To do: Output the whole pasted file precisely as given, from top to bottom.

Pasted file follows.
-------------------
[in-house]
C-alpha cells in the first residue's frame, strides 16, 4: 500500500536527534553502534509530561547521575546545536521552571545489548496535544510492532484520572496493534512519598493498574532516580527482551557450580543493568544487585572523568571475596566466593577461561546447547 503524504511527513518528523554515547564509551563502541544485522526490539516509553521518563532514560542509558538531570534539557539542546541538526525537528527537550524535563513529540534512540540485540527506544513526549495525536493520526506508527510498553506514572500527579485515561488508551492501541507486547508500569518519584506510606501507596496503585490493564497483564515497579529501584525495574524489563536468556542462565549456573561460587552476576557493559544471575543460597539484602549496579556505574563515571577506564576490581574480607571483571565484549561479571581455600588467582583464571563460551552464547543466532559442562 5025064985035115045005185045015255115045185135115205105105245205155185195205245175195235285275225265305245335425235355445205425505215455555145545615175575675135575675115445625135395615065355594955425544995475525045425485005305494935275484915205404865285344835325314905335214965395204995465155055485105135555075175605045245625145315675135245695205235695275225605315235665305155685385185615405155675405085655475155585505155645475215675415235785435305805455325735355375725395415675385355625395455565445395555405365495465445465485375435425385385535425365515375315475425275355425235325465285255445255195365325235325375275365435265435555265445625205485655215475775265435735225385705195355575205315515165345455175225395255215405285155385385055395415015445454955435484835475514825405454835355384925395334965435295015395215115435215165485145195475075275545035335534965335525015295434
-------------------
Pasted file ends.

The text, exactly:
[in-house]
C-alpha cells in the first residue's frame, strides 16, 4: 500500500536527534553502534509530561547521575546545536521552571545489548496535544510492532484520572496493534512519598493498574532516580527482551557450580543493568544487585572523568571475596566466593577461561546447547 503524504511527513518528523554515547564509551563502541544485522526490539516509553521518563532514560542509558538531570534539557539542546541538526525537528527537550524535563513529540534512540540485540527506544513526549495525536493520526506508527510498553506514572500527579485515561488508551492501541507486547508500569518519584506510606501507596496503585490493564497483564515497579529501584525495574524489563536468556542462565549456573561460587552476576557493559544471575543460597539484602549496579556505574563515571577506564576490581574480607571483571565484549561479571581455600588467582583464571563460551552464547543466532559442562 5025064985035115045005185045015255115045185135115205105105245205155185195205245175195235285275225265305245335425235355445205425505215455555145545615175575675135575675115445625135395615065355594955425544995475525045425485005305494935275484915205404865285344835325314905335214965395204995465155055485105135555075175605045245625145315675135245695205235695275225605315235665305155685385185615405155675405085655475155585505155645475215675415235785435305805455325735355375725395415675385355625395455565445395555405365495465445465485375435425385385535425365515375315475425275355425235325465285255445255195365325235325375275365435265435555265445625205485655215475775265435735225385705195355575205315515165345455175225395255215405285155385385055395415015445454955435484835475514825405454835355384925395334965435295015395215115435215165485145195475075275545035335534965335525015295434